A genogram is a type of family tree diagram that uses symbols to convey much more information than just the traditional records of marriages, births and deaths. On it, you'll see symbols for psychological and physical disorders; relationships between family members; and even for education, occupations and hobbies. Some genograms are used to determine the probability of inheriting a disease or trait. Use one of three basic ways to create your own genogram to print and share with others.
Do the Research
Research your family’s background. Talk to as many relatives as possible to get various perspectives. For your first genogram, limit the number of generations and the number of characteristics until you master the art of making one.
Learn the system of symbols or keep a chart handy. You may also make up your own symbols for certain characteristics or occupations that occur frequently.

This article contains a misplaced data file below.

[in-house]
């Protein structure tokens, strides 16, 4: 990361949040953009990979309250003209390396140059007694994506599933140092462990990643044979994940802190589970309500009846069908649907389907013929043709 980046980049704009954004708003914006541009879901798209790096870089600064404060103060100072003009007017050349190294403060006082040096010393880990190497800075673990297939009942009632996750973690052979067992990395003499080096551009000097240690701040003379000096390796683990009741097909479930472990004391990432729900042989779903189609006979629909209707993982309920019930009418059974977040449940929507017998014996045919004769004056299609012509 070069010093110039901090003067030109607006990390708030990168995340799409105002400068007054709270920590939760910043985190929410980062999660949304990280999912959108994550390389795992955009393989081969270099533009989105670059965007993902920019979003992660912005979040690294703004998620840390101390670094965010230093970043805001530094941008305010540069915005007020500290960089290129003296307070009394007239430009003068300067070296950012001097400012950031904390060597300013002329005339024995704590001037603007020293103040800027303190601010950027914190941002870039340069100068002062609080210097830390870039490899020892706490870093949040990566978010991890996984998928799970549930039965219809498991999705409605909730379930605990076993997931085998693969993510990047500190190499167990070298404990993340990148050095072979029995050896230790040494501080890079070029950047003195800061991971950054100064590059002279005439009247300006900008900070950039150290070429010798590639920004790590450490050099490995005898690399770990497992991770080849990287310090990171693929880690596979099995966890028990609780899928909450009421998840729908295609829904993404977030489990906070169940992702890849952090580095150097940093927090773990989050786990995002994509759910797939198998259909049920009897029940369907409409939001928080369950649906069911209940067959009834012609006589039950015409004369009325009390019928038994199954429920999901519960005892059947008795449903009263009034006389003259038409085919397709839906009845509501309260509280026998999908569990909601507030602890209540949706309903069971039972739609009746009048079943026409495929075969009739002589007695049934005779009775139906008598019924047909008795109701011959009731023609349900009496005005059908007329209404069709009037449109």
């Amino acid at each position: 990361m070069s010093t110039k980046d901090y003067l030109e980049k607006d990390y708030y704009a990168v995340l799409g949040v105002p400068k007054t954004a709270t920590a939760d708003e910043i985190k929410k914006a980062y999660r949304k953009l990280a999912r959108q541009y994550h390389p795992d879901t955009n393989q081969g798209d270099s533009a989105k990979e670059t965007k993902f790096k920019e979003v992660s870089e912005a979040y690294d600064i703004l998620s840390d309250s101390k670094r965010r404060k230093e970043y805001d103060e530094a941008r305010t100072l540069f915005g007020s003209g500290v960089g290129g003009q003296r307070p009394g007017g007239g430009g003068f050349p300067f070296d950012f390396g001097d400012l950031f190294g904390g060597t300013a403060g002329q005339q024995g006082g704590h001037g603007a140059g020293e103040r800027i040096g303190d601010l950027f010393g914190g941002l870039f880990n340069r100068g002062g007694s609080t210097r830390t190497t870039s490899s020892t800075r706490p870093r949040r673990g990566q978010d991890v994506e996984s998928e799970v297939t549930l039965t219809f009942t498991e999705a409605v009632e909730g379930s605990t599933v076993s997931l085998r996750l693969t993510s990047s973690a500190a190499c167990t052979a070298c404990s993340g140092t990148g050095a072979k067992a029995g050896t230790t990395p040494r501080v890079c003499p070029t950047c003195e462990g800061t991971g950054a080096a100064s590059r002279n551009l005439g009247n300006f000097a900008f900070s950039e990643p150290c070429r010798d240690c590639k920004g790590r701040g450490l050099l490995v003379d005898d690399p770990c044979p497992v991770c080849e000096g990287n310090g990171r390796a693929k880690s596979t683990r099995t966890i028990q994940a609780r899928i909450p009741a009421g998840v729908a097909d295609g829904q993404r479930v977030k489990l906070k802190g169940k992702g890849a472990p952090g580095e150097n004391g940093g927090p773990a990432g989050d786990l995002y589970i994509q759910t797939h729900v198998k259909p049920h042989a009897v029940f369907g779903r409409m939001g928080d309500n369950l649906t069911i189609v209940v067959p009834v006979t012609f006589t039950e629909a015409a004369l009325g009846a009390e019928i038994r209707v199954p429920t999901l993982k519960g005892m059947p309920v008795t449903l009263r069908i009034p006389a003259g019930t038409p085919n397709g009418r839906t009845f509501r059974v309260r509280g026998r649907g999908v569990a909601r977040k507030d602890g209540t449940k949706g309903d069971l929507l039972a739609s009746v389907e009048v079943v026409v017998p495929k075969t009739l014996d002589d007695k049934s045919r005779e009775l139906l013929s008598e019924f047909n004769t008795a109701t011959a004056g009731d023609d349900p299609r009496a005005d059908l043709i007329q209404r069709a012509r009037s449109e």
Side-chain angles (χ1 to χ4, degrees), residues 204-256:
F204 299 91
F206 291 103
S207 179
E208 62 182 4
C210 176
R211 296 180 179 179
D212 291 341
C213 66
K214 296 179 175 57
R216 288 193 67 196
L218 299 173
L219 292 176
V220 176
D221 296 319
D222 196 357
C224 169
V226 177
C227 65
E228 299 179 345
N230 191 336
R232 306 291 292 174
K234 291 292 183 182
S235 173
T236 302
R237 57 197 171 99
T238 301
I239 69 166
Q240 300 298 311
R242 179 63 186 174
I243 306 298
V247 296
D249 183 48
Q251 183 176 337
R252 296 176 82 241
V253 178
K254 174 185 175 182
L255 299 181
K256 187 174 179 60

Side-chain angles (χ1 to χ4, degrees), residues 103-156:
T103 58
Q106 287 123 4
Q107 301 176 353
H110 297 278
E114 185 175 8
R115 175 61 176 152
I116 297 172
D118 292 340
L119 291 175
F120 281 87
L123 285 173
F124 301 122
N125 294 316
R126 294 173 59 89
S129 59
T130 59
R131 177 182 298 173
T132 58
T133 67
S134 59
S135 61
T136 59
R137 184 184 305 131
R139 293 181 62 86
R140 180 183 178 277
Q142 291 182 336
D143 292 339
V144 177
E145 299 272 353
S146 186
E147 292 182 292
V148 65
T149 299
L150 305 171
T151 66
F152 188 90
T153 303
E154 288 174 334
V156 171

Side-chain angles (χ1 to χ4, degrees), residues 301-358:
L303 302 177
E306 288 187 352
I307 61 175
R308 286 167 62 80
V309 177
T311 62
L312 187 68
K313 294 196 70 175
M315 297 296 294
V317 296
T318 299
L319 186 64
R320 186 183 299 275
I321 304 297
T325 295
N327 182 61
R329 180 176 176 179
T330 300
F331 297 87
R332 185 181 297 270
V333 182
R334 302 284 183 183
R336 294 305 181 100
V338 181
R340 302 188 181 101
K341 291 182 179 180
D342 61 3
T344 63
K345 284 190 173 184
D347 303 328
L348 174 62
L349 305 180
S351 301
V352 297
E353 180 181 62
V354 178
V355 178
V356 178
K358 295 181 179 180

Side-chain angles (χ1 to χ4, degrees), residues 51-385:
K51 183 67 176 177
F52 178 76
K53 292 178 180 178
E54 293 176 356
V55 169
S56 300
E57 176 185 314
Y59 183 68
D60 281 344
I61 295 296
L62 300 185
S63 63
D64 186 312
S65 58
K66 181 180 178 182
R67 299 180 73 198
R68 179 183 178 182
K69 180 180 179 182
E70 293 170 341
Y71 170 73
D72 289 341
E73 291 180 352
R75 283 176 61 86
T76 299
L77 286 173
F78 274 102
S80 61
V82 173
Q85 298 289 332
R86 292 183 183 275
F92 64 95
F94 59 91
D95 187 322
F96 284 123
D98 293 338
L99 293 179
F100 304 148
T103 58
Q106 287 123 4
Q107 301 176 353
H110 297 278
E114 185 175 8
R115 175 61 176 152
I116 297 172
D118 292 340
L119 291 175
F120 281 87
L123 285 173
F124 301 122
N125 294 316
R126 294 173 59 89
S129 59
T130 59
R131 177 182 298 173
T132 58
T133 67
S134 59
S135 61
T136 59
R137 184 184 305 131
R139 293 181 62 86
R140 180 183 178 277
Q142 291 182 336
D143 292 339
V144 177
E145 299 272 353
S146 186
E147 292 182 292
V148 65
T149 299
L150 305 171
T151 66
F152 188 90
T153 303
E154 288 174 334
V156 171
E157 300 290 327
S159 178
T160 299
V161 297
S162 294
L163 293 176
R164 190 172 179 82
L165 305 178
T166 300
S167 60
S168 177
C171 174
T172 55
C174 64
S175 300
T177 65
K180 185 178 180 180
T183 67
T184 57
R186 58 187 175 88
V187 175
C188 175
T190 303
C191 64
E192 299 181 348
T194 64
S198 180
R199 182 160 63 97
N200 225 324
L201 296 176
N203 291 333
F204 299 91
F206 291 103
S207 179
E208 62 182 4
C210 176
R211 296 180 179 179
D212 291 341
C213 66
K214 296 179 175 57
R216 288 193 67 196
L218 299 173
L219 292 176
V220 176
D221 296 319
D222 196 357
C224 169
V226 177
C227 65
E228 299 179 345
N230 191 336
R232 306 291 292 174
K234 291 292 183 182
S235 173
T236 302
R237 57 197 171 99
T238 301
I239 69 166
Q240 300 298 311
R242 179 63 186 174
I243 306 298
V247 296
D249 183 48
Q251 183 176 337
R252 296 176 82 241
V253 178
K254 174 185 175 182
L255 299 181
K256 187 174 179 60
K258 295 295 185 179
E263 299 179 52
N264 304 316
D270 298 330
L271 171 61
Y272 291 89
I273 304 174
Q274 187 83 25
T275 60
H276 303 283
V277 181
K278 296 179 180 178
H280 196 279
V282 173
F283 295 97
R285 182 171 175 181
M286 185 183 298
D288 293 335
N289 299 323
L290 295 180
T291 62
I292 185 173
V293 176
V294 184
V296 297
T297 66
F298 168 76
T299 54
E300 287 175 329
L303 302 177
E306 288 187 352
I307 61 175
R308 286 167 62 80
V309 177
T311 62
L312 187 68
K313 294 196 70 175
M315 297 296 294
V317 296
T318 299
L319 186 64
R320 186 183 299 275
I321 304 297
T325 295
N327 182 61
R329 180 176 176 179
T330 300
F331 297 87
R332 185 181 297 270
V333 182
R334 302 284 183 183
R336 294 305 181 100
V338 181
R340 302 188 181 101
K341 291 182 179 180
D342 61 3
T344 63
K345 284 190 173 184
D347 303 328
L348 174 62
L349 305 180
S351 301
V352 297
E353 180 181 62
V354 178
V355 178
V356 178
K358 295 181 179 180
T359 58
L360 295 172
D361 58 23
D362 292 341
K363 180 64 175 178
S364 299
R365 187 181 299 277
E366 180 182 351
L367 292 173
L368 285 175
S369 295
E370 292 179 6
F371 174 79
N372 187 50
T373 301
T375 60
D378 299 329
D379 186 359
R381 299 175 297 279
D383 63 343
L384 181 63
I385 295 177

Make a rough sketch of your genogram. Be sure you have included all of the necessary information.
Draw your own genogram on paper. Use different markers and a ruler to make a clean version of your rough sketch. Make photocopies or scan it into your computer, saving it as a word-processing or pdf file.
Use a computer program to draw it. Word-processing programs, such as MS Word, have a "Draw" function. If you are familiar with other, more elaborate programs such as InDesign, draw the genogram and then save the file in that format to be printed out or shared.
Create it with a genogram-producing program, available online, such as SmartDraw or GenoPro. These programs may have a fee, but they are the easiest and most efficient; when using it, you just point, click and fill in the blanks. They are designed to be converted to a document- or image-sharing file, such as a pdf, which can be easily printed.
Do not offer to share the genogram with family members who may be embarrassed or offended by the information in it.
Nate Lee was senior editor of Chicago's "NewCity" newspaper and creative director in a global advertising agency. A playwright and published poet, Lee writes about the arts, culture and business innovation. He received his Bachelor of Arts in English from Tulane University.